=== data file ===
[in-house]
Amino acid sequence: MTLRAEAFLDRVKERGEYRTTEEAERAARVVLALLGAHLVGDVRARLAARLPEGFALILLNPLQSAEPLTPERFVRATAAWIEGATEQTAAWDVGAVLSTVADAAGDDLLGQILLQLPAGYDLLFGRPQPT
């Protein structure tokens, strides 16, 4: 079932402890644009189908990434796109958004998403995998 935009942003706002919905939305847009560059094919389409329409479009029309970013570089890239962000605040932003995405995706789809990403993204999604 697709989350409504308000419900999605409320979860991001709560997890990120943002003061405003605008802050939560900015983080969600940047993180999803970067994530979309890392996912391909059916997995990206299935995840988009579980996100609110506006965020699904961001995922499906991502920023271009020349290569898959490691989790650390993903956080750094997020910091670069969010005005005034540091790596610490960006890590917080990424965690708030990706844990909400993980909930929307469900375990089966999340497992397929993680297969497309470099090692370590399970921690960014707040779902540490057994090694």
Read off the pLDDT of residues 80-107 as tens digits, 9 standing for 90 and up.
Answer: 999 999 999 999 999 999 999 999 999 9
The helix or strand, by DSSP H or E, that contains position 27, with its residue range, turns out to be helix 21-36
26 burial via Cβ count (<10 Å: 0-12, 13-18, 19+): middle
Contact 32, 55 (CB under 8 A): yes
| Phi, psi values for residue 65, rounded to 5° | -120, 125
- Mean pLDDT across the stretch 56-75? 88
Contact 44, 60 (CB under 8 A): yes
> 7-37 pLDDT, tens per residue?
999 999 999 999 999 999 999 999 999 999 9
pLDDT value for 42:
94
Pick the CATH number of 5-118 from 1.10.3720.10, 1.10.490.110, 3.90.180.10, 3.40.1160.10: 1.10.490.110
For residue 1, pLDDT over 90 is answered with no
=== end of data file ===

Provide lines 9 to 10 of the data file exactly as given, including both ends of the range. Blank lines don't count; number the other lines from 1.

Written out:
| Phi, psi values for residue 65, rounded to 5° | -120, 125
- Mean pLDDT across the stretch 56-75? 88